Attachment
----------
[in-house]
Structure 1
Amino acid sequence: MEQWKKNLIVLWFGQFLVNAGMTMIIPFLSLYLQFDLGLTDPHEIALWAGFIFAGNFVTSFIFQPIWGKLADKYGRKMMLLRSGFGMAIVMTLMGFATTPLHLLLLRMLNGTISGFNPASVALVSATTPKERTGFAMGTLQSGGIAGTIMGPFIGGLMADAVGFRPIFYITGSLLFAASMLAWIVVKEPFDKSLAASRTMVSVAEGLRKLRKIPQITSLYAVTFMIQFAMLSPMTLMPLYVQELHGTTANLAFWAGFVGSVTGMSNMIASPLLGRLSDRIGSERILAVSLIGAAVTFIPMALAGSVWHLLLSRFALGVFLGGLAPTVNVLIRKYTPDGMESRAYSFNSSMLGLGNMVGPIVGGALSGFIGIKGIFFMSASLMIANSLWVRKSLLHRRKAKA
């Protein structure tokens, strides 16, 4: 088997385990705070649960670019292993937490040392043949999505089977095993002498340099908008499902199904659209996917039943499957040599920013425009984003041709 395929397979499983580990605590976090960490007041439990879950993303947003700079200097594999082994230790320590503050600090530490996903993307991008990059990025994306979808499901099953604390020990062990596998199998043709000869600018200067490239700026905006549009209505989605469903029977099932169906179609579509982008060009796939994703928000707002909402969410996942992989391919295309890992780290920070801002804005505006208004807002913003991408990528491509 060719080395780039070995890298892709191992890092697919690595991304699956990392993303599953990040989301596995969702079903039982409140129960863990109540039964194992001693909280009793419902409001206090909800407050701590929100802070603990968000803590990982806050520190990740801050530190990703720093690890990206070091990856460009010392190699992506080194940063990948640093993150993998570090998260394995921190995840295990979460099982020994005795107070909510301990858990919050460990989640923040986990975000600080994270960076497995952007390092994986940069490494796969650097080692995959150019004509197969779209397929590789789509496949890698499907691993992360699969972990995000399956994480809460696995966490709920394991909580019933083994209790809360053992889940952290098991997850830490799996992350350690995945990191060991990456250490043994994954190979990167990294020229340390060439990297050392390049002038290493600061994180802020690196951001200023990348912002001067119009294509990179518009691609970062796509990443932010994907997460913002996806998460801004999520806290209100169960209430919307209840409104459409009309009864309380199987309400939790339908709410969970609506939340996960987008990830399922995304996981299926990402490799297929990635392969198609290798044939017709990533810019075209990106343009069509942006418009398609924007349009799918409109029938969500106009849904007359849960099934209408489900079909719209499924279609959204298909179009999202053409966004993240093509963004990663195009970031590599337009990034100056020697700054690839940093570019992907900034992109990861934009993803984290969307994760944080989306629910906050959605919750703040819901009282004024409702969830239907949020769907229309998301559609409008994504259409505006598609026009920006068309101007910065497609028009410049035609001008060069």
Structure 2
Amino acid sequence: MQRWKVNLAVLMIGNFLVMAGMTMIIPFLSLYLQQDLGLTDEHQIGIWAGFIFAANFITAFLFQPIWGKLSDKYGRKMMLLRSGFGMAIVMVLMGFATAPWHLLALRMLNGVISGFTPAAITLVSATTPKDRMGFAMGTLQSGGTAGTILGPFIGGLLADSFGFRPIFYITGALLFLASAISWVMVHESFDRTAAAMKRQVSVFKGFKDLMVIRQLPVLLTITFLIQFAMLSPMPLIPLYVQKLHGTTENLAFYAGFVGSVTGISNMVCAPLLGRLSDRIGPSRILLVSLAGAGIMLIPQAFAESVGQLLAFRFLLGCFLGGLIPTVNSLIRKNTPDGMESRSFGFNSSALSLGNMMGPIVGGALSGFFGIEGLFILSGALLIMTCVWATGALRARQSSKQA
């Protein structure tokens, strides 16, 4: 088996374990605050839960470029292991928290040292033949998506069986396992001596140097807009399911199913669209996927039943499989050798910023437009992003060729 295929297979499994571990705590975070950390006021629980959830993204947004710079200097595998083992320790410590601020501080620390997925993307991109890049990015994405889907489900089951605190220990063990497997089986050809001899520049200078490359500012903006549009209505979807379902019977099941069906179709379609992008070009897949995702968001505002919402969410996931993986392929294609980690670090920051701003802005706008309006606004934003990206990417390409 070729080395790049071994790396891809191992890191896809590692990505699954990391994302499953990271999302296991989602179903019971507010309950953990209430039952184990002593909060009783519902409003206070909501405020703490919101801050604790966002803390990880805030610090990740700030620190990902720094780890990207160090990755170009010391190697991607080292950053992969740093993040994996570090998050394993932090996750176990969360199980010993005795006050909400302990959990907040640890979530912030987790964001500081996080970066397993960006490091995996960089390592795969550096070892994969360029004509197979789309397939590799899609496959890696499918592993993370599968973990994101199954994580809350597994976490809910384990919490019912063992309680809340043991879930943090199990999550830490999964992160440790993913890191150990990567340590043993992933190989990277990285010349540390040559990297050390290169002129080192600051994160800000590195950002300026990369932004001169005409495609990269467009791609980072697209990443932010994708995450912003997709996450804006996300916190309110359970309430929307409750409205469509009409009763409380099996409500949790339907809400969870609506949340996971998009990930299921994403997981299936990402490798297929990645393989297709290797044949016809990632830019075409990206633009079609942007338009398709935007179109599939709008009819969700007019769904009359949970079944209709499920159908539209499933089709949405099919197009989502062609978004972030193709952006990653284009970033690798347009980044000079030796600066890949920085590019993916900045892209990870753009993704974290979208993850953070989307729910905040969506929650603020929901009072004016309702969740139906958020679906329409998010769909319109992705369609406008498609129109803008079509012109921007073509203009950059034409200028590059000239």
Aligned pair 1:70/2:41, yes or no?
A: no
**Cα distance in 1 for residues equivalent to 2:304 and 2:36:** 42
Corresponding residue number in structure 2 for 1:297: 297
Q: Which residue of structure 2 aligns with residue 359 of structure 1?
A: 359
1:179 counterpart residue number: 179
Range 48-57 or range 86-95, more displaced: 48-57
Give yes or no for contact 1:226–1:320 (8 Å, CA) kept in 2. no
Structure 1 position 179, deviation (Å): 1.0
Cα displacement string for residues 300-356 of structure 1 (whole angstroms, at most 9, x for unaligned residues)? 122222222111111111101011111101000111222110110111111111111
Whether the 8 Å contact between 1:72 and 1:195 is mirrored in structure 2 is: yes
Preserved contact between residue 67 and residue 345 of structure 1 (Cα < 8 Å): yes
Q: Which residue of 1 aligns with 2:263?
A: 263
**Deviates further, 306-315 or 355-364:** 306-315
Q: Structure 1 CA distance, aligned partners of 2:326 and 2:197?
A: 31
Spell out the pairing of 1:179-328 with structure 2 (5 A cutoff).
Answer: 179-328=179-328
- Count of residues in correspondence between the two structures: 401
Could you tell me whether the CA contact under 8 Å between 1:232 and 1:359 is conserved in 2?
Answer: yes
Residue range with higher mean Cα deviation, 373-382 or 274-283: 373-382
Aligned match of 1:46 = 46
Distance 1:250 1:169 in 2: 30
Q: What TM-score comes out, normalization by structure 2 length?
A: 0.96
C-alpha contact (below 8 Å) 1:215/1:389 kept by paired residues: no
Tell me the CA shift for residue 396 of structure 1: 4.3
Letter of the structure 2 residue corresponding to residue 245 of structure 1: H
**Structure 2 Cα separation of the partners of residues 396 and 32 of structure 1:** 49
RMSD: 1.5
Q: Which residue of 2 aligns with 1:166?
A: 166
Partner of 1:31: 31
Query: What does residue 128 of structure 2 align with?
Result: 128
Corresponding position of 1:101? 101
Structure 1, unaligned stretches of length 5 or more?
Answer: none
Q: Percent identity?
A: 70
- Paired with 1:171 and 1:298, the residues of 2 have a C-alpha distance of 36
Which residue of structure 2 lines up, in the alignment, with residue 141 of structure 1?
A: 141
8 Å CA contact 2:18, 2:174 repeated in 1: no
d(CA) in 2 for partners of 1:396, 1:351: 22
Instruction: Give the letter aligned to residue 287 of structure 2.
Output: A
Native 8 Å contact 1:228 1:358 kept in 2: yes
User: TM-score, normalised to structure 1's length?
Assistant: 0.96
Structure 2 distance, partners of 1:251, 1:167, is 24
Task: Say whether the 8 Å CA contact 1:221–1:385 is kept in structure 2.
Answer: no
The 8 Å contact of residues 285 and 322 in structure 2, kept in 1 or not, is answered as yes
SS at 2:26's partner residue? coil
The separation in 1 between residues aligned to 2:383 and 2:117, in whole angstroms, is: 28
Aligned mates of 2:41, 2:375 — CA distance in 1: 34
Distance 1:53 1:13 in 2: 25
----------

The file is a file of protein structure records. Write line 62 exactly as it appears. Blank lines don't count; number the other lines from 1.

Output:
Task: Say whether the 8 Å CA contact 1:221–1:385 is kept in structure 2.